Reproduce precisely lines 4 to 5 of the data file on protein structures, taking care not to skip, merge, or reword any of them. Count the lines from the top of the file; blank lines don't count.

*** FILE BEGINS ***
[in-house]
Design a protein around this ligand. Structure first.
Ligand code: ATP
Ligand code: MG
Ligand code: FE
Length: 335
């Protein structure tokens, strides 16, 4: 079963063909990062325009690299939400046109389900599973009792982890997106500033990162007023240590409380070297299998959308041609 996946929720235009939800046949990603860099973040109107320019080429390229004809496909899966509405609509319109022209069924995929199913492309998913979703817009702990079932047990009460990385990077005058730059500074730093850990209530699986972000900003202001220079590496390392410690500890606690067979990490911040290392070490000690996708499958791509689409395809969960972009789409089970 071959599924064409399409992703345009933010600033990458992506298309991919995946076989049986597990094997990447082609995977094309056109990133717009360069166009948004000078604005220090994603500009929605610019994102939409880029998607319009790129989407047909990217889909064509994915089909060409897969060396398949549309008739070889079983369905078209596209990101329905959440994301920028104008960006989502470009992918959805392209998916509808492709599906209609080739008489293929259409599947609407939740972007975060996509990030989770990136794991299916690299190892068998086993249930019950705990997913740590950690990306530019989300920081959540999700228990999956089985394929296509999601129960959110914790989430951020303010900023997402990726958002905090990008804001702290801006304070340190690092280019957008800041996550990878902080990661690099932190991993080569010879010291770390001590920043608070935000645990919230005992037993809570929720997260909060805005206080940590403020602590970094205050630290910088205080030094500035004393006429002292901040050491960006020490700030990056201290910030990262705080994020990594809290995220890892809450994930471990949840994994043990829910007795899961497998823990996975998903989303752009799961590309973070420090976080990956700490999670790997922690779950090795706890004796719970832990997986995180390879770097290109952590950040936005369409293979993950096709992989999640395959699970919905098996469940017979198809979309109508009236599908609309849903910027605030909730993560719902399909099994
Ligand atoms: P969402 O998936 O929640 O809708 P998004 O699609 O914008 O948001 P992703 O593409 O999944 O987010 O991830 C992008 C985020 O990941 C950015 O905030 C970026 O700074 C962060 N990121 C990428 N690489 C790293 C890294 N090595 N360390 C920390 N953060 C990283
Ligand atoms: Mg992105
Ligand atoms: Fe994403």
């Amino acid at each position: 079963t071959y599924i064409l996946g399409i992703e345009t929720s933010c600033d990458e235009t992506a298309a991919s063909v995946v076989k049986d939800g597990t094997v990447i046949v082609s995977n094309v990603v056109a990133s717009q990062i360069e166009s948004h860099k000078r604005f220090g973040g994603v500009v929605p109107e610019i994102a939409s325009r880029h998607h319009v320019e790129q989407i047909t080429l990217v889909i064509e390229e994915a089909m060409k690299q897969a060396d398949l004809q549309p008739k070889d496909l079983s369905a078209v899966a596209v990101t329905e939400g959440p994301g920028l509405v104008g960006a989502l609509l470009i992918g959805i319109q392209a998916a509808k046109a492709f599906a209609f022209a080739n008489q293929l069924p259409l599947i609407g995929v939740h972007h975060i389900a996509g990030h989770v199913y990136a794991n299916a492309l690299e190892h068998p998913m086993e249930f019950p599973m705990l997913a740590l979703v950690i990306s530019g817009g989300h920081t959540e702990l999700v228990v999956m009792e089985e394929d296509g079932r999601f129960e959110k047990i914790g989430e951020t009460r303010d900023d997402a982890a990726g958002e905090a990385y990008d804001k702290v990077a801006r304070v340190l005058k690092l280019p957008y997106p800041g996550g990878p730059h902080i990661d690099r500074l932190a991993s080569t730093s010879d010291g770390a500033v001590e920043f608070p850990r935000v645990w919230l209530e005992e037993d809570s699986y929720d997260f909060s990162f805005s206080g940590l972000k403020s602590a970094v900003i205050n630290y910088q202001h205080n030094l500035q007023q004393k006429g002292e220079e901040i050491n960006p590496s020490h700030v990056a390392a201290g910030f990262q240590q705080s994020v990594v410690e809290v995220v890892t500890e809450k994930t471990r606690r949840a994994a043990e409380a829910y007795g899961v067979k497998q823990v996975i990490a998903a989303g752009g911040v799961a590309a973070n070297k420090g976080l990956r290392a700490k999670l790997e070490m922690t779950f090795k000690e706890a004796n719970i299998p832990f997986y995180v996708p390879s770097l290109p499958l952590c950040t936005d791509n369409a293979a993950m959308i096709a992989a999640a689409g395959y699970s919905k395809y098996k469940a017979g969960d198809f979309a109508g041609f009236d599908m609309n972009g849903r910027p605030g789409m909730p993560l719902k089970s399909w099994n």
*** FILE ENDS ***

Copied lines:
Ligand code: MG
Ligand code: FE